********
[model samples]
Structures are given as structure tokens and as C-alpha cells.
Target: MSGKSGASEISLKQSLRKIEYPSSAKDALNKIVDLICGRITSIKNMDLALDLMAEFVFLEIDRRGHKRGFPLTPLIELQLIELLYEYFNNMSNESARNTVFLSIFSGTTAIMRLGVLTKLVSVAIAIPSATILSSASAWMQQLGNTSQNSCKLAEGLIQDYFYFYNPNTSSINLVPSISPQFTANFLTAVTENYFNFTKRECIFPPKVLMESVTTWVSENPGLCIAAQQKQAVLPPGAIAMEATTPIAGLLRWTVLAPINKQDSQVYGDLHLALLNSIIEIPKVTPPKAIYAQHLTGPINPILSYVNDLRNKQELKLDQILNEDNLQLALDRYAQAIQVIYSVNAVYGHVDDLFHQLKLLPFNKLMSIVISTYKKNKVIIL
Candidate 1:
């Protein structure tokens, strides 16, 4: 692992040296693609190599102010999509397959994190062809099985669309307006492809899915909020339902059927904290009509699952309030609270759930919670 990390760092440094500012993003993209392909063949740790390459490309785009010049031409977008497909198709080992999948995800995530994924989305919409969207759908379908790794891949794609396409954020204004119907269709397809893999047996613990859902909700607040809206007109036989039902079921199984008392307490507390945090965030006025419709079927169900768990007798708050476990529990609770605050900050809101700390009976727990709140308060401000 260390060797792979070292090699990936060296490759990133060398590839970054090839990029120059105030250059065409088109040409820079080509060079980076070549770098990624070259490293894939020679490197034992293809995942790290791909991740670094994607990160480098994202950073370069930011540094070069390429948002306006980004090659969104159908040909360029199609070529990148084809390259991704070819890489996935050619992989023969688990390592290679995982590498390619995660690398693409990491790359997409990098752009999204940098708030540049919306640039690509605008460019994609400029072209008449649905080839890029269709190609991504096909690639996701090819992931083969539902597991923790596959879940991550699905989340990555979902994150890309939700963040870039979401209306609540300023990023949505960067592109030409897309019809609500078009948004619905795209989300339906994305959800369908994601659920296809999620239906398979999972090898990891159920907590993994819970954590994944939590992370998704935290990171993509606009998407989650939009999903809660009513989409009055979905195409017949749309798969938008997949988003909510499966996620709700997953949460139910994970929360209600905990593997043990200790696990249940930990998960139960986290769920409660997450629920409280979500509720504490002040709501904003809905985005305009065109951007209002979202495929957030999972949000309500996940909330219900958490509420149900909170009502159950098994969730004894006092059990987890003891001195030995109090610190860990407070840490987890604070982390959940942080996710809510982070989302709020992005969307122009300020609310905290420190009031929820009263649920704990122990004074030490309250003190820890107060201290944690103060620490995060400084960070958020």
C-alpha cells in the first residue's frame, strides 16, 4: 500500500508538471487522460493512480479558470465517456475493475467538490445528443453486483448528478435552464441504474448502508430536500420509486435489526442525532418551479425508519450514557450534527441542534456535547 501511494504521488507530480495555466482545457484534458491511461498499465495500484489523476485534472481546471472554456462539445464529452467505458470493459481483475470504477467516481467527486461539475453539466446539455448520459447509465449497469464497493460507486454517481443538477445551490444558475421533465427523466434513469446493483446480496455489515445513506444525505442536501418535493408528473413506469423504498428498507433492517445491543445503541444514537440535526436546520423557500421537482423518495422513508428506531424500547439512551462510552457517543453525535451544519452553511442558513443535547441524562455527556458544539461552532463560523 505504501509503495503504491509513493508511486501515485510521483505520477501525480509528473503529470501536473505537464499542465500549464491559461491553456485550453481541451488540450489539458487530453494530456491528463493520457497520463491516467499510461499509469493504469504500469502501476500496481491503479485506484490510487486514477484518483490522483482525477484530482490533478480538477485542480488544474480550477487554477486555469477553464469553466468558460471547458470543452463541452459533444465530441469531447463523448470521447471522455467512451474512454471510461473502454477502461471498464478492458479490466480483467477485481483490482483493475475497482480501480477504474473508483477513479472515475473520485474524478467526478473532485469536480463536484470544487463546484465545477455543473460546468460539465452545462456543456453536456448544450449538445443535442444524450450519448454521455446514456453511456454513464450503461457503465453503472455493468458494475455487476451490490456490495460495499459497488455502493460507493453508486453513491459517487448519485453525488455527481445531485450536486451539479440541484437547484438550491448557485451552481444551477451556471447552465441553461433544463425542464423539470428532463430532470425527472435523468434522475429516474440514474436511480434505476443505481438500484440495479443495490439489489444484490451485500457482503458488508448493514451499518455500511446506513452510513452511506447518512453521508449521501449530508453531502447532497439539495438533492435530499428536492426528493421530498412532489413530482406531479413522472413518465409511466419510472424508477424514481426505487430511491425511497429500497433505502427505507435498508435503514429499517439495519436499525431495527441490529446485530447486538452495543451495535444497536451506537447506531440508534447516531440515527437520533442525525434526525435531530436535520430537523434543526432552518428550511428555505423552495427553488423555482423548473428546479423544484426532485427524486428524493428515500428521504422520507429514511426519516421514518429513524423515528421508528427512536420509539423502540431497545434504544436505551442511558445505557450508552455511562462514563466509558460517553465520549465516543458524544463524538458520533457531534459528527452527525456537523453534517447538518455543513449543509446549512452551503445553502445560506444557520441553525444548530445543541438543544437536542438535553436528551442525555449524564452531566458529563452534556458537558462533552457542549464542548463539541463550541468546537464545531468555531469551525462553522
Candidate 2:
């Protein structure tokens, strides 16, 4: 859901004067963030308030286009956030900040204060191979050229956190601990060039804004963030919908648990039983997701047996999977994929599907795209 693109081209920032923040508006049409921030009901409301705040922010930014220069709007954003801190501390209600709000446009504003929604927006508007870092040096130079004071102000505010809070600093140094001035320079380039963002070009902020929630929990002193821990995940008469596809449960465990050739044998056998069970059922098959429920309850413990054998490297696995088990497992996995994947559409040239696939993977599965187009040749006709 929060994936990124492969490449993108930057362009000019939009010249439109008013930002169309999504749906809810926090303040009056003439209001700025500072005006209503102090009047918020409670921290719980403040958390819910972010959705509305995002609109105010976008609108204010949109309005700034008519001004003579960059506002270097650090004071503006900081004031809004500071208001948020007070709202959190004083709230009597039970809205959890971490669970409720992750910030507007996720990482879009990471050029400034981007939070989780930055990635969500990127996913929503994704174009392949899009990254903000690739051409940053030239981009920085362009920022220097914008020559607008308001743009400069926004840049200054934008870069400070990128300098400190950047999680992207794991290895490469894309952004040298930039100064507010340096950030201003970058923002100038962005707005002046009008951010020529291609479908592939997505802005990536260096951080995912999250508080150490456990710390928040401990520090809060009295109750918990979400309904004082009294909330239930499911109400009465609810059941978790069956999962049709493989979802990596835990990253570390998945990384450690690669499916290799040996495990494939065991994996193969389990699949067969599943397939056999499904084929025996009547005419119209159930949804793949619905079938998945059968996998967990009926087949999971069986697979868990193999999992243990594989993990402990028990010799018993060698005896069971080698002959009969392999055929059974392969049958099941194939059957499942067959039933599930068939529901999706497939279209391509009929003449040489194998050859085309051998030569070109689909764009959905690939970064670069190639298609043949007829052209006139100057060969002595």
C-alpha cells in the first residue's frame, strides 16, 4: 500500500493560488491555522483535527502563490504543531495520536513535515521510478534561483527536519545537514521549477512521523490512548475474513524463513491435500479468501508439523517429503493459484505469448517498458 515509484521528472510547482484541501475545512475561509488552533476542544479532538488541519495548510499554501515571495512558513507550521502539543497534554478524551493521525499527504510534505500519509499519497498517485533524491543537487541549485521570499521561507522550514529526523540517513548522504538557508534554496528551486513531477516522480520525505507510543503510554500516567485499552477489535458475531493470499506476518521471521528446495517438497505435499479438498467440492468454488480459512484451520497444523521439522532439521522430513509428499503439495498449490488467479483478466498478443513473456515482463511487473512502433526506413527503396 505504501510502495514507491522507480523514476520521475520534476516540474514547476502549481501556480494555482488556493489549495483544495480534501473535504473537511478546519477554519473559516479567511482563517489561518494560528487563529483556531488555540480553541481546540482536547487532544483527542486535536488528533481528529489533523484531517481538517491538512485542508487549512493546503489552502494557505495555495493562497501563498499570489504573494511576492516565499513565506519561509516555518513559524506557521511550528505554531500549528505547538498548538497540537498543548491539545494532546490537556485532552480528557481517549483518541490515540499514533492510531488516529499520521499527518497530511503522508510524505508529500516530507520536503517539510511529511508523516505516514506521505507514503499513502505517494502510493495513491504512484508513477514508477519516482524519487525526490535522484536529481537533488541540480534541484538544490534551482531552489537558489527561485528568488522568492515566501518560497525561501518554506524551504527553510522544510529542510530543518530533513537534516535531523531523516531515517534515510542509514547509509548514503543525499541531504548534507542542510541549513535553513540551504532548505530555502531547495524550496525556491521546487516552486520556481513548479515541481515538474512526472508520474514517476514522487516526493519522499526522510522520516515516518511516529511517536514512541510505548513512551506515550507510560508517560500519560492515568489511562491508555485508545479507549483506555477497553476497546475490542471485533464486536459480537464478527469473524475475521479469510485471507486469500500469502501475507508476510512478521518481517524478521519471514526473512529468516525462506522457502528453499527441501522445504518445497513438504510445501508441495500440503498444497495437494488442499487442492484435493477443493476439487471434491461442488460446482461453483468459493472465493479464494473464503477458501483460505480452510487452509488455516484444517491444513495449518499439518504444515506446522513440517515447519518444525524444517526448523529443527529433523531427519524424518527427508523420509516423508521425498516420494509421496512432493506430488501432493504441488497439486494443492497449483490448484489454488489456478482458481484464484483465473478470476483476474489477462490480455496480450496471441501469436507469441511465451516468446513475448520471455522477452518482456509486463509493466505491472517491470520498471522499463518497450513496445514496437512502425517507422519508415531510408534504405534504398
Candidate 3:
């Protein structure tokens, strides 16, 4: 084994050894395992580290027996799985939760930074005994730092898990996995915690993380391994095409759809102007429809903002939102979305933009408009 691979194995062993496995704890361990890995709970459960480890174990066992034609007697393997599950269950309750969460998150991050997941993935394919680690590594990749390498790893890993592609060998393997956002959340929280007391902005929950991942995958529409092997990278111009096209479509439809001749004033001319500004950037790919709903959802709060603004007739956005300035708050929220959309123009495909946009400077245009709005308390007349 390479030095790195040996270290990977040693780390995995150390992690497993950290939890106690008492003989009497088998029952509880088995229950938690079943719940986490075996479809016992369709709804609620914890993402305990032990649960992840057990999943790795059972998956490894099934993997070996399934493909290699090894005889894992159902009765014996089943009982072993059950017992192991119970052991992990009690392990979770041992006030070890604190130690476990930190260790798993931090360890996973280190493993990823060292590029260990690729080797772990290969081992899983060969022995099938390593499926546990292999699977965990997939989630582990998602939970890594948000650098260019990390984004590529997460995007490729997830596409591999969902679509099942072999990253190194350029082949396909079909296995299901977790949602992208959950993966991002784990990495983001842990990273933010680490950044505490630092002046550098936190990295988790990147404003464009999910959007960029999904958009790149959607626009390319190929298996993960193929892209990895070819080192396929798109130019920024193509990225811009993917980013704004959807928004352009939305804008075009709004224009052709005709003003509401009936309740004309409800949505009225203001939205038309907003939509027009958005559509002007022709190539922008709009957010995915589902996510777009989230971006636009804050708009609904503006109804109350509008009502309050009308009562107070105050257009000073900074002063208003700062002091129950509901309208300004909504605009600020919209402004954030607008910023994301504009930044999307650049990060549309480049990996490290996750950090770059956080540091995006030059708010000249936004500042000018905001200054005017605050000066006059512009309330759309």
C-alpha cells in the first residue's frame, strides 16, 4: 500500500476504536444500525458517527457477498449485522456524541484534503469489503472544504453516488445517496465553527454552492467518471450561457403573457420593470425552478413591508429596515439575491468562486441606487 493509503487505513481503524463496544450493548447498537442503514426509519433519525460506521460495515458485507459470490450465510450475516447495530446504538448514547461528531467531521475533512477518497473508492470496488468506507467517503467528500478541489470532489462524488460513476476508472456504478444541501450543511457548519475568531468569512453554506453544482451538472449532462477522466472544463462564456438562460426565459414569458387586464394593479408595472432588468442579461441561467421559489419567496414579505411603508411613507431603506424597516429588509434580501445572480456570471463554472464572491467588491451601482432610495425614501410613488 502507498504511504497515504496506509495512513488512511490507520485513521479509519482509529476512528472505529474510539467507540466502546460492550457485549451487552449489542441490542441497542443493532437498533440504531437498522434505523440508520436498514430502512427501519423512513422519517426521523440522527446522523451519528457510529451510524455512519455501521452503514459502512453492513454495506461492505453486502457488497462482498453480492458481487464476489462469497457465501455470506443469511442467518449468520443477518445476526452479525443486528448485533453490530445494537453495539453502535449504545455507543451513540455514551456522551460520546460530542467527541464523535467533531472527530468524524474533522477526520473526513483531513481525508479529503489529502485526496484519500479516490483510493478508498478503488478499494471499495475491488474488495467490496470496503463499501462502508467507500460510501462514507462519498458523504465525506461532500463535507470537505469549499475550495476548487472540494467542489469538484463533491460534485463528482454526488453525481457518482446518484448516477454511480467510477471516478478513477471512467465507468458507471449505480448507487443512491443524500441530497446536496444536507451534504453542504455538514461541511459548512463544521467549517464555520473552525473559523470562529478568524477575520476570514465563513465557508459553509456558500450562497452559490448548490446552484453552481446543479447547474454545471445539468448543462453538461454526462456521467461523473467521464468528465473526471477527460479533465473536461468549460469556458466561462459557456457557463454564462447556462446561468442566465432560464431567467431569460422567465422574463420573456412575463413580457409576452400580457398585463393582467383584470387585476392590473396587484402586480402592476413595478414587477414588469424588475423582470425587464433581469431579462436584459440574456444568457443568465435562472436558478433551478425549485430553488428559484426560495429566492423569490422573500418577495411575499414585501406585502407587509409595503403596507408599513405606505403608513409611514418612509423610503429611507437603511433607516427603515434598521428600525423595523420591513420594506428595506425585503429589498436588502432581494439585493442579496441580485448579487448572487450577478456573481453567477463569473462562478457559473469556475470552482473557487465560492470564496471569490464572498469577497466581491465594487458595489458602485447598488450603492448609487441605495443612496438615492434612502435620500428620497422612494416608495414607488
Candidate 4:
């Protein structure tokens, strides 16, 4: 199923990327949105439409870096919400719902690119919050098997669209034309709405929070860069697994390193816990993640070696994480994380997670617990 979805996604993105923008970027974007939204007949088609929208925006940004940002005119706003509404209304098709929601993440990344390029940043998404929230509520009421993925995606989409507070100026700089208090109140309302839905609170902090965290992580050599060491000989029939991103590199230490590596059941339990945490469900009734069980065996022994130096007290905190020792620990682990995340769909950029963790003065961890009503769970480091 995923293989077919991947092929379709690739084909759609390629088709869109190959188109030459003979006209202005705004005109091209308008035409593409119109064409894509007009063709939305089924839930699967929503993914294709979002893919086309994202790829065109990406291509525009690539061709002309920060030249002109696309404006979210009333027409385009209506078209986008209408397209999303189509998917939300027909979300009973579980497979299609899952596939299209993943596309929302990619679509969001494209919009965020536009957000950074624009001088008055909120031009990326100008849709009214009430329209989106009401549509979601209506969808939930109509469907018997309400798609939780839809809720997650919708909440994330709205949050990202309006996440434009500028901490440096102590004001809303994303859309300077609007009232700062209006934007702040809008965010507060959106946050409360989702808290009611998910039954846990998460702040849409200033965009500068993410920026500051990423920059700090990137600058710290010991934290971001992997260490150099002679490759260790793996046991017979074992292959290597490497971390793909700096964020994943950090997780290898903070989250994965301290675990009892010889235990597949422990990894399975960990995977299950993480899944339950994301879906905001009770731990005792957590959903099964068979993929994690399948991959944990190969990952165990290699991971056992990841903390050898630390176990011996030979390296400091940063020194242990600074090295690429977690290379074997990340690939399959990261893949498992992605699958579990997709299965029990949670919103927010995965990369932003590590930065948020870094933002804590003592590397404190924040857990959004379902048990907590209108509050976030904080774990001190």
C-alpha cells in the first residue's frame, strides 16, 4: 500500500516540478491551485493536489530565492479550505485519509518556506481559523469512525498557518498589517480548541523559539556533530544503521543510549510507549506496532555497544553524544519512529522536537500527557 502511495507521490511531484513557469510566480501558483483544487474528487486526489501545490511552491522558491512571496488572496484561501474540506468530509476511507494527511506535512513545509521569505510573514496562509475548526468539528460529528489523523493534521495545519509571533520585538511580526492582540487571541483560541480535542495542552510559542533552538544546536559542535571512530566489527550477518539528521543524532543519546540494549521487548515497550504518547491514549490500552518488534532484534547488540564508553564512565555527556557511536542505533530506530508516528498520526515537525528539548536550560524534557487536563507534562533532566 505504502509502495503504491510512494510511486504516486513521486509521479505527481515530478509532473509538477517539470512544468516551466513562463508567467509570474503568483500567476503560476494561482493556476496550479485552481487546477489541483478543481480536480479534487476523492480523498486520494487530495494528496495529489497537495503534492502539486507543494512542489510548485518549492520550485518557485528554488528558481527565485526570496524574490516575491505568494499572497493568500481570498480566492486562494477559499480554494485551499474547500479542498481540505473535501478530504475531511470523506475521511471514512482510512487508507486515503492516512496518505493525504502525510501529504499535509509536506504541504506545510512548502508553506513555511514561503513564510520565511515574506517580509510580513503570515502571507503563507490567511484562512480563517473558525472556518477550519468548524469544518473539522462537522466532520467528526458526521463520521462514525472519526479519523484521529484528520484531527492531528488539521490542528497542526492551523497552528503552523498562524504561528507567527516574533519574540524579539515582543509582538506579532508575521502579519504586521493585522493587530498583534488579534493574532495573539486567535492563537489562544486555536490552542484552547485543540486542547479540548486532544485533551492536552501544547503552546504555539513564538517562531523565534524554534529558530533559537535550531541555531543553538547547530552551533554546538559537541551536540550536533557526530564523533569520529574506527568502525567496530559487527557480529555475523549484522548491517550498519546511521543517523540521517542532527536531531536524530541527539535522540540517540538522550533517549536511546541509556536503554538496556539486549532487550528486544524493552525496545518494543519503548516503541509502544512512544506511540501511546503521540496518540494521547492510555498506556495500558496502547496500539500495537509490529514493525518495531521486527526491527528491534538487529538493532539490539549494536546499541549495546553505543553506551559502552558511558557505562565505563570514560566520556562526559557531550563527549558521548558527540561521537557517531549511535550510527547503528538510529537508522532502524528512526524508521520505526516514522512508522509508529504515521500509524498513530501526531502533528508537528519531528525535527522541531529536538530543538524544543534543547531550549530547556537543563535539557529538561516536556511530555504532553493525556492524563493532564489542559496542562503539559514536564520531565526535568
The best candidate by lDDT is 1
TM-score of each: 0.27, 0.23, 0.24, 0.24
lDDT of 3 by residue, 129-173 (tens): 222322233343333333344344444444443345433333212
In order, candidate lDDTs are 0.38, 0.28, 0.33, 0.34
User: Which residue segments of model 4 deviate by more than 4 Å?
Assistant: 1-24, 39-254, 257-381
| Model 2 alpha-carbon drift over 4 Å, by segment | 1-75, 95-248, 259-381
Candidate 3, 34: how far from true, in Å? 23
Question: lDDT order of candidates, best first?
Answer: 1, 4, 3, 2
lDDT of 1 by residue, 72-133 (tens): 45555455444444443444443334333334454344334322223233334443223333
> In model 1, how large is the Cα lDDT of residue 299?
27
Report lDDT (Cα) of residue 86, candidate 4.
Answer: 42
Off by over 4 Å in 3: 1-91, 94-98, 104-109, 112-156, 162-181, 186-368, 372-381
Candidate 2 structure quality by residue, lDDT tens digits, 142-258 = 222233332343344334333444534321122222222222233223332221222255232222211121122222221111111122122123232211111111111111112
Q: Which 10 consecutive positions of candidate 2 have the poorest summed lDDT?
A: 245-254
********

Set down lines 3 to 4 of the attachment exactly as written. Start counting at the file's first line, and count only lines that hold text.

Target: MSGKSGASEISLKQSLRKIEYPSSAKDALNKIVDLICGRITSIKNMDLALDLMAEFVFLEIDRRGHKRGFPLTPLIELQLIELLYEYFNNMSNESARNTVFLSIFSGTTAIMRLGVLTKLVSVAIAIPSATILSSASAWMQQLGNTSQNSCKLAEGLIQDYFYFYNPNTSSINLVPSISPQFTANFLTAVTENYFNFTKRECIFPPKVLMESVTTWVSENPGLCIAAQQKQAVLPPGAIAMEATTPIAGLLRWTVLAPINKQDSQVYGDLHLALLNSIIEIPKVTPPKAIYAQHLTGPINPILSYVNDLRNKQELKLDQILNEDNLQLALDRYAQAIQVIYSVNAVYGHVDDLFHQLKLLPFNKLMSIVISTYKKNKVIIL
Candidate 1: